Picture someone you love. It could be anyone — a friend, a family member, a co-worker.
Now picture that person telling you that they’ve been sexually assaulted. How would you react?
You may think you have a very clear picture in your head of how you would react to a loved one disclosing to you that they’ve experienced sexual violence, but the truth is, no matter how much you may know yourself, you can’t really predict what you would do when emotions and instincts take over.
You also can’t predict what that person may need from you in that very moment. What you may find to be an ideal response could actually instigate more harm to a survivor.
According to recent reporting by The Globe and Mail, 90 per cent of survivors of sexual assault don’t report their assault to the police. But does that mean that those 90 per cent aren’t speaking about it at all?
We can assume that the answer is no. Many survivors confide in or seek advice from people close to them, people they can trust, people they love.
But for those people who are on the listening end, there is no textbook definition for how to help someone who has gone through a significant traumatic event.
And with every act of sexual violence being so different and circumstantial, there is no correct clear-cut answer for how to be there for someone, only mere suggestions.
Last year, the Assessment Working Group of Wilfrid Laurier University’s Gendered Violence Task Force conducted the 2016 Campus Safety Survey: perceptions and experiences with gendered and sexual violence to collect data about Laurier students and their experiences with sexual and gendered violence.
The survey reached 2,899 Laurier students from the Waterloo, Kitchener and Brantford campuses. Of those surveyed, 91 per cent were undergraduate students and 73 per cent were female.
Of the 2,899 students, 323 said they had experienced sexual violence and furthermore, 300 of those 323 provided more information about their experience with sexual violence. 66 per cent said they had told friends or peers, 19 per cent told romantic partners, 11 per cent told family members and 26 per cent told no one.
Only two per cent (seven students) reported the incident using the university procedures that were in place prior to the sexual violence policy and procedure that was implemented in December 2016.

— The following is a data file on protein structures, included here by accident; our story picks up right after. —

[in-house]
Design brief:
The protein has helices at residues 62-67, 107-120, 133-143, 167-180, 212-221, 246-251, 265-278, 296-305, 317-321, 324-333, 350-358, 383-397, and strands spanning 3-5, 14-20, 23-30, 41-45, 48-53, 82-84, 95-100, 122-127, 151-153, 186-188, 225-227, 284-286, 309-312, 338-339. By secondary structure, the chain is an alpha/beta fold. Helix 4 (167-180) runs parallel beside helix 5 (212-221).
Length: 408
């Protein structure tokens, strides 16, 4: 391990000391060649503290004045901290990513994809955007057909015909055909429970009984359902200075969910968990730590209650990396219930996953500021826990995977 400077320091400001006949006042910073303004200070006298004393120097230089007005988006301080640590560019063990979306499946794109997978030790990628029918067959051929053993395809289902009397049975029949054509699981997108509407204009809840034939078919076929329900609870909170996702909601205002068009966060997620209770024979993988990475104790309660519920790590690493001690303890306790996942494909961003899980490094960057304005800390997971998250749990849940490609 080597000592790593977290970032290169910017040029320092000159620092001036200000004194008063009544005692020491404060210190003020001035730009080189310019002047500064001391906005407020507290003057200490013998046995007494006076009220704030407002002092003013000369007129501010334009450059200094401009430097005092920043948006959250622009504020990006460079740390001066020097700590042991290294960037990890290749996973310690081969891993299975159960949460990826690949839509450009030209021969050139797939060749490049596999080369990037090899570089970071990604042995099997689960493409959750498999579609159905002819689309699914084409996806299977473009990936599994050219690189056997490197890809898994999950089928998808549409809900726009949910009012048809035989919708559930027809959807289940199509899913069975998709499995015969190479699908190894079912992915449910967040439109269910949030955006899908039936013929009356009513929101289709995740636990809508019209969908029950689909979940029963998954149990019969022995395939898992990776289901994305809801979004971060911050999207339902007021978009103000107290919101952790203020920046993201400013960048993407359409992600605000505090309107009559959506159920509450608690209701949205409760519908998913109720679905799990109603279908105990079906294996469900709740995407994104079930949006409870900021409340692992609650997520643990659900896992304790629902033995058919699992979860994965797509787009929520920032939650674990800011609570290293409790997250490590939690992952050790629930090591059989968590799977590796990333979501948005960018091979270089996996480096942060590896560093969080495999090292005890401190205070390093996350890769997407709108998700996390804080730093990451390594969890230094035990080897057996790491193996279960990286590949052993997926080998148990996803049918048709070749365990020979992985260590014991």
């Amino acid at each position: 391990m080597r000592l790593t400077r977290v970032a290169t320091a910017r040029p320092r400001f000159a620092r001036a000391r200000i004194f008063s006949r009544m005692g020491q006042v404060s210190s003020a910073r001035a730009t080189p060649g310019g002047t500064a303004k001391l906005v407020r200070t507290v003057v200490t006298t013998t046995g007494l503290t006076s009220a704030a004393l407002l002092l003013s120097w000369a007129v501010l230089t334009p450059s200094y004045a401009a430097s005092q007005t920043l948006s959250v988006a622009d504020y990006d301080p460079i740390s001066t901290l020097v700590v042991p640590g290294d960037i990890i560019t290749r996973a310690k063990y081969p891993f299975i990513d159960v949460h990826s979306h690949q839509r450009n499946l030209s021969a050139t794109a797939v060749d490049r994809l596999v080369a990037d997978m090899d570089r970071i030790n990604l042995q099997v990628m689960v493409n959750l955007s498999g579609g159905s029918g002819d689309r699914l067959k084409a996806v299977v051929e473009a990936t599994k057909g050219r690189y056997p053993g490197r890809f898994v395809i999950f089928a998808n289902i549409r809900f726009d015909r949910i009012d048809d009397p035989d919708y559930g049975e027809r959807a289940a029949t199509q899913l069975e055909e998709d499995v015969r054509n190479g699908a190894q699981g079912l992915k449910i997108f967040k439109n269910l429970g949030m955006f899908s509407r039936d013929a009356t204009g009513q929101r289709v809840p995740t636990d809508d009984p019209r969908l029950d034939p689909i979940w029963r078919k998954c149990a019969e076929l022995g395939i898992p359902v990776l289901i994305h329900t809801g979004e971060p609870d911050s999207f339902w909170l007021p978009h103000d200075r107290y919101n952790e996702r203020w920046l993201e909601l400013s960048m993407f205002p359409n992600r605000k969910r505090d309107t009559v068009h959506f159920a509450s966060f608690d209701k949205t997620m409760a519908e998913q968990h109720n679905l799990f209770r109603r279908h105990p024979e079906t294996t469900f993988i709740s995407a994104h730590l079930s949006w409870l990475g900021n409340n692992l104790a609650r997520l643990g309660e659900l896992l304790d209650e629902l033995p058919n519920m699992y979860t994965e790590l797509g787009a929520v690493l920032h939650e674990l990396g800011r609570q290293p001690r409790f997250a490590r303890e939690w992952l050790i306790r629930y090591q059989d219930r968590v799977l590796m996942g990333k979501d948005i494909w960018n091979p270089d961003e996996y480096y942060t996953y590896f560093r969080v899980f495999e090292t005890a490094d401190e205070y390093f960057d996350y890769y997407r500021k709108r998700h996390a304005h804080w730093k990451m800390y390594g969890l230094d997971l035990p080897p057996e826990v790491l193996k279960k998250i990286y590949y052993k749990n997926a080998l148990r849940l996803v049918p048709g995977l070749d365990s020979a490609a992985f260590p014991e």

The top five reasons for not reporting were: not thinking it was serious enough, it wasn’t clear whether or not the offender intended to harm, the survivor wanted to forget that it happened, the survivor felt that there was lack of proof that it happened or they felt ashamed or embarrassed.
According to the data, students are more likely to disclose sexual assault to someone close to them, rather than someone in an authoritative role. When someone discloses to you, they are trusting you and while support may seem like an easy and natural concept, there are approaches that you can take when offering support which may be more comforting or healing than others.
Listen and Validate
“How you respond to a survivor has an impact on how they feel about their experience and on their healing journey or path,” said Lynn Kane, manager of gendered violence prevention and support at Laurier.
“I think the most important thing to do when someone discloses [to you that they have experienced sexual violence] is to first and foremost listen. And then the second piece is then to validate, so tell them you believe them and to tell them that it’s not their fault.”
While it may feel natural to bombard your loved one with questions, try not to push them to tell more than they feel comfortable telling. Listen to the words they are saying, as opposed to asking or suggesting.
Your response should be that you believe them and that their trauma is valid.
“We know that one of the top reasons people don’t come forward is because they didn’t think it was serious enough or that they didn’t think there was proof, so I think part of that comes with a sense of shame and stigma. So, letting someone know that it wasn’t their fault, that they’re not to blame, is a really important way to counter that feeling,” Kane said.
“Why” questions can look like this: Why did you drink so much? Why were you alone with him? Why did you walk home by yourself?
“Why” questions can imply that they could have done something to stop the violence.
“And “why” questions might come from a place of reflecting on what you might have done in that experience so you might ask someone why they didn’t do what you think you would have done. But, in reality, the truth is no one knows what they would have done in this scenario and that regardless of the answer to any particular “why” question, it makes no difference because it’s not [the survivor’s] fault,” Kane said.
“No “why” question is going to make it clear why someone would assault someone else and all it’s going to do is imply that they could have done something that could have prevented that assault.”
Asking “why” questions can seem natural. You want to be able to place yourself in your friend’s shoes; you want to understand — so, in efforts to understand, we ask “why?” In these particular situations, these types of questions can be more harmful than supportive.
Putting yourself in their shoes
We’ve all heard these ones: “If I were raped, I’d fight back, I’d scream, I’d run.”
These hypothetical reactions uphold the idea of the “model survivor.” This person is someone who’s experienced sexual violence who fought their perpetrator. They put their perpetrator behind bars. They speak out against gendered violence. We put this kind of survivor on a pedestal for being brave.
But, in reality, a lot of people don’t respond this way. When faced with trauma, human beings respond with fight, flight or freeze. And freezing is a natural and common reaction.